- the client’s use of a professional business or trust account, particularly where large or frequent cash deposits are made that are not in keeping with the usual activity of such an entity;
- funds being received from a foreign jurisdiction, particularly where there is no apparent link between the client and the jurisdiction;
- receiving instructions from an overseas client where no apparent economic reason exists;
- the client being unconcerned about the level of fees;
- the client having a fast growing property portfolio;
- a purchaser in a transaction being a company with complicated or obscure beneficial ownership;
- the purchase amount looking unusual compared to appraised value or previous purchase amount;
- the client appearing to have access to funds substantially above their means; or
- the client using a virtual office.
Obligations regarding terrorist financing
Legal professional involvement in terrorist financing can range from innocent involvement to complicity. Innocent involvement could be when none of the above red flag indicators are apparent. As such, an unwitting legal professional may undertake basic care and due diligence, but certain red flags may still be missed or their significance is misunderstood.
Complicity occurs when the legal professional has actual knowledge of the criminality in which they are involved. Persistent and repeated instructions from the same client or the client’s associates or other matters with similar red flag indicators may amount to the legal professional being corrupted.
Any one of these red flags in or of itself may not be evidence of terrorist financing – however when red flags are identified and there is a level of suspicion, the transaction should be reported to the Financial Intelligence Unit at Police National Headquarters, Wellington. If appropriate, lawyers should proceed with caution or stop acting for the client altogether. Failure to enquire further or where the isolated transaction is completed and a suspicious transaction report is not filed may amount to wilful blindness.
Lawyers must comply with fundamental obligations to uphold the rule of law and to facilitate the administration of justice (Lawyers and Conveyancers Act 2006, section 4). A lawyer must also take all reasonable steps to prevent any person perpetrating a crime or fraud through a lawyer’s practice (Rules of Conduct and Client Care, R11.4).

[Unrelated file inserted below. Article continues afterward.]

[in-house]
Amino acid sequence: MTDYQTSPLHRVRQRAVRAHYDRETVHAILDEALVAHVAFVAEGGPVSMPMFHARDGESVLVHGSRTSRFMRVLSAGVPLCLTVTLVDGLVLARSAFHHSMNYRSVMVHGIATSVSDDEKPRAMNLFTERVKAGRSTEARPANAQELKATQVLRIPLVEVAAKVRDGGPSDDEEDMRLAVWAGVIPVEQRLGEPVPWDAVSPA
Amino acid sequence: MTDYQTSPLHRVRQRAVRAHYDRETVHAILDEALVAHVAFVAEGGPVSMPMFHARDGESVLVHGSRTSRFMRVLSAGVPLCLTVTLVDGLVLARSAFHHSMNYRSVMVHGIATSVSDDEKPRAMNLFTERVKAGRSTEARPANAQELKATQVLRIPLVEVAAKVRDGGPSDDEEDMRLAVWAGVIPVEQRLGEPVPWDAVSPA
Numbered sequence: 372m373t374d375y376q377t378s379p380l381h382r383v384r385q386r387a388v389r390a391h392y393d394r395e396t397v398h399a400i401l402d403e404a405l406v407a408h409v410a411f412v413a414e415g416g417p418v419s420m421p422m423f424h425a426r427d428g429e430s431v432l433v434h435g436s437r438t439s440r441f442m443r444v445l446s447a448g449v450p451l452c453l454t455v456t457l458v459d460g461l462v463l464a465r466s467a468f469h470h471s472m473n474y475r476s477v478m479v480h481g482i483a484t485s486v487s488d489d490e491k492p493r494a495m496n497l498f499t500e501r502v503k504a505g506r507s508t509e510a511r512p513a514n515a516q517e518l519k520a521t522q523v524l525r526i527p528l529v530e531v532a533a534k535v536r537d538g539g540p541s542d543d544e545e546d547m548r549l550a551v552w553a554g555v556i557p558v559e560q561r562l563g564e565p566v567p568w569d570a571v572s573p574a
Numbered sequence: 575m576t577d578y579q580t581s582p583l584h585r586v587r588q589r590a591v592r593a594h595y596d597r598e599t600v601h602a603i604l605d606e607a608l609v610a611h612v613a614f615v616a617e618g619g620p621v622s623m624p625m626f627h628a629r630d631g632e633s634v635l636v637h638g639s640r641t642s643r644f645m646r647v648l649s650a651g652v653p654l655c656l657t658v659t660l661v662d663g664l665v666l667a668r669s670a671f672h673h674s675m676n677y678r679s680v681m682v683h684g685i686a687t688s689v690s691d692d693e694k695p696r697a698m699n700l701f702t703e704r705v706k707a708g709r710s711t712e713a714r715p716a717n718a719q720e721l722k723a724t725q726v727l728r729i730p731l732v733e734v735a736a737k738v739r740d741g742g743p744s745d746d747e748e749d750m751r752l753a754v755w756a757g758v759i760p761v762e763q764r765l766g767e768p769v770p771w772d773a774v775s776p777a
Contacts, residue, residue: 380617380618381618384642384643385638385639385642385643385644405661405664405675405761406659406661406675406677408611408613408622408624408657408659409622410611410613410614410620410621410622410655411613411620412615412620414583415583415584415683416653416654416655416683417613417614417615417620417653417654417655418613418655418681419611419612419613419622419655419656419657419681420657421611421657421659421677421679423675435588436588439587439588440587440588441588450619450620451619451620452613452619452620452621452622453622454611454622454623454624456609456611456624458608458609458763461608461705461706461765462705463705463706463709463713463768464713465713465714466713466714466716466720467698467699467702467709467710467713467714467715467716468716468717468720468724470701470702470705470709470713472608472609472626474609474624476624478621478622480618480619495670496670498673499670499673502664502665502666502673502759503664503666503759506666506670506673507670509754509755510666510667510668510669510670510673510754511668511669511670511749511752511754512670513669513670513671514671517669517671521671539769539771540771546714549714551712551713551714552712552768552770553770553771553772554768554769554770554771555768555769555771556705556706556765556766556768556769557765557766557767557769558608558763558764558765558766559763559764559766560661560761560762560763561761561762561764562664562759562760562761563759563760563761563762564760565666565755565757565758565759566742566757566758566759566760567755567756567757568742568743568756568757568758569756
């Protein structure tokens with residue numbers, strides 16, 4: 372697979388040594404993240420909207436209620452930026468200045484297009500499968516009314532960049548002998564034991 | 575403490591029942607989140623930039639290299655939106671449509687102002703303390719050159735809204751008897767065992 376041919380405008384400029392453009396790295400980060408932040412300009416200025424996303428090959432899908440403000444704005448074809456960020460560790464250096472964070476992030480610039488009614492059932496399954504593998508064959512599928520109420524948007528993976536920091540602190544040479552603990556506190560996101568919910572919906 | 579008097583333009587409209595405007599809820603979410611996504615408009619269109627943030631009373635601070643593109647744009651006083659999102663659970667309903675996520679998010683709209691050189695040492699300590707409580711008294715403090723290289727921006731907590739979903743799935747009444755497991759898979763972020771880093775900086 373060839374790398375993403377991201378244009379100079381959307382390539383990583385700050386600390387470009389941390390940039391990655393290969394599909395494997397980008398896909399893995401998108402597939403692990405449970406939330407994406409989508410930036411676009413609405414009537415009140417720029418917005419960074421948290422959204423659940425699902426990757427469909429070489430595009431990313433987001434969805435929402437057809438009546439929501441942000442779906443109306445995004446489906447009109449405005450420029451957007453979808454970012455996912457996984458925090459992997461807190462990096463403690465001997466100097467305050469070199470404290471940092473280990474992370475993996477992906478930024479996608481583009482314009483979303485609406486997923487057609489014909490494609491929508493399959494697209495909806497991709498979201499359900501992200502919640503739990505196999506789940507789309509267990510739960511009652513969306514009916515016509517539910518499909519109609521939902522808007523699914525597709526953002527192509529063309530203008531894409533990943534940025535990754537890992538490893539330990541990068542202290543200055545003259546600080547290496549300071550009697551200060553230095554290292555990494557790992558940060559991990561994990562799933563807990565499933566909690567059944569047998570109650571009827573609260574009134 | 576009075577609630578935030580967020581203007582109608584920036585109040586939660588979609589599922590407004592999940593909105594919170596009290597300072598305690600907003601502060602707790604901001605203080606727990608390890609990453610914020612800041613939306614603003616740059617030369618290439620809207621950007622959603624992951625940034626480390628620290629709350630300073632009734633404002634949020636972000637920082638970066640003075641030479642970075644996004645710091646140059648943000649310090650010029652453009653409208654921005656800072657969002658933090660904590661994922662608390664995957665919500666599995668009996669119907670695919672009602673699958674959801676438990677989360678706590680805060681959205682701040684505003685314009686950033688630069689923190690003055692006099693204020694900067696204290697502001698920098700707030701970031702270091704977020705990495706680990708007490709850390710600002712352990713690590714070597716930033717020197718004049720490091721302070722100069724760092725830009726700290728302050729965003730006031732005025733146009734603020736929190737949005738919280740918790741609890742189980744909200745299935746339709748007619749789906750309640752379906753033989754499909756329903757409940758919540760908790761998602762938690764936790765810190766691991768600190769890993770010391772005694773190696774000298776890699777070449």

Lawyers receiving funds to deposit or invest, or to settle real estate transactions, currently remain subject to the Financial Transactions Reporting Act 1996, with duties to identify and report suspicious transactions.
However, under the AML/CTF Act, reporting entities will be obliged to provide:
- a written risk assessment of money laundering and financing of terrorism that could be expected in their business;
- an anti-money laundering and countering financing of terrorism programme that includes procedures to detect, deter, manage and mitigate money laundering and the financing of terrorism;
- a compliance officer appointed to administer and maintain the programme;
- customer due diligence processes based on their risk assessment including customer identification and verification of identity; and
- suspicious transaction reporting, record keeping, auditing and annual reporting systems and processes.
If you have any further questions regarding terrorist financing or money laundering in New Zealand, contact New Zealand Police on (04) 474 9444 or the Financial Intelligence Unit on (04) 474 9499. For more information see the following FATF documents – Guidance for Financial Institutions in Detecting Terrorist Financing and Money Laundering and Terrorist Financing Vulnerabilities of Legal Professionals.